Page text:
I’ve learned after shooting several of these matches that I’m a bit quicker and tend to bang it around less when maneuvering on barricades.  That lighter weight is also nice when shooting unsupported like you’re required to do in at least one NRL22 stage each month.

Jeremy chose to take his Bergara B14 with a carbon fiber barrel.  He’s changed the trigger to a TriggerTech Diamond and has a Zero Compromise scope sitting in a Spuhr mount.  Shooting Lapua Center-X, that rifle is a Hammer!

The other students shot rifles from Bergara, Vudoo, and Ruger, with scopes from Vortex and Athlon.  Several of the students were shooting Eley ammo while others shot Lapua.

Class Time

Google Maps and my GPS both said that it would be a 2-hour drive to get there and I’m a big believer in the adage that if you’re not 15 minutes early…you’re late.  I had Jeremy meet me at my house at 5:15 AM since the class would start at 8:00.

As always, Jeremy was on time and since I’d already loaded everything in my SUV, it only took a couple of minutes to get his gear in the vehicle and we were on our way.

The ride to Chris’s range was uneventful and we beat Google’s time by about 10 minutes.

It’s one thing to be early…it’s a totally different thing to be way early!

Shortly after we got there, Chris and the other students arrived. Chris gave an overview of the day and what to expect, and then we got started.

I won’t attempt to go through each step of the class because I’m sure I won’t do it justice, but what I will say, is that I took more notes during that one-day class than I did most of the classes I took in college.

That most likely explains my performance in college…but that’s one that I refer back to as something I did for the “experience”…but I’ll save that for another article!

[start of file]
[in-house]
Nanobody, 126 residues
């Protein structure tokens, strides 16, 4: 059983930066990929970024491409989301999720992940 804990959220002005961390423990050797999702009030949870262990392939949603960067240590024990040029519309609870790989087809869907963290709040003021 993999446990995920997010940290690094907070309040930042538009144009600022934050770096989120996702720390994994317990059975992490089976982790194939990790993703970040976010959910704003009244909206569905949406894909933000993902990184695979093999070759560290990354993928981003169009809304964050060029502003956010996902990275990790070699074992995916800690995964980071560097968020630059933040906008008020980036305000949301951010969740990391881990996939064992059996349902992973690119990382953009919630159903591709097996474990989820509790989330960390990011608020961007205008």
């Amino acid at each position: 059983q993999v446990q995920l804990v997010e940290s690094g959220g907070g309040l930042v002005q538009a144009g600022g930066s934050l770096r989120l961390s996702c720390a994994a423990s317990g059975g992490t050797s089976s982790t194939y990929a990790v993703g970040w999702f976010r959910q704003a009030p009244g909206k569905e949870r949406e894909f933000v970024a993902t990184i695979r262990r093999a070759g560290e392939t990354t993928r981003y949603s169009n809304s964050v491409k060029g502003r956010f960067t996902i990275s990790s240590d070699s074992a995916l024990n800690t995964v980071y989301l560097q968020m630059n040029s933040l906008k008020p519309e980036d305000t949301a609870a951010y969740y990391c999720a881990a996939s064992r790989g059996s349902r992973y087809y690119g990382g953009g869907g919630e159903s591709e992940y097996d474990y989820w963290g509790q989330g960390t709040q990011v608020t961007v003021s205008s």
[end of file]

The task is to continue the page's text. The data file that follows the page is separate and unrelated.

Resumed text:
The Instructor

There’s no question that Chris is a talented shooter. A quick Google search will tell you about the numerous matches he’s won, including multiple state and national championships in several different shooting disciplines.

What I was really curious to learn, was how Chris would be in a teaching role. It’s one thing to do something…anything well. It’s another thing entirely though, to be able to do something well and to be able to teach others to do the same.

Thankfully, Chris has a very easy-to-follow process that just makes sense.  He asks lots of questions and then listens to the answers the students give.  The fact that he actually listens is rare…especially from someone in a teaching role.

It’s clear from the very beginning that Chris is focused on teaching his students what he knows and what will make them better shooters and better competitors.  This isn’t a class where he’s trying to sell you custom guns, more gear, or more classes.

In fact, instead of structuring a class around getting started in a level 1 class but needing to take a level 2 class to get more of the “secret”… Chris lays it all out in this class.

The overriding theme throughout the day was simple…no really, it was just that…keep things simple!

My wife will tell you that I’m someone who loves complicated things because I like to figure them out…and this is true.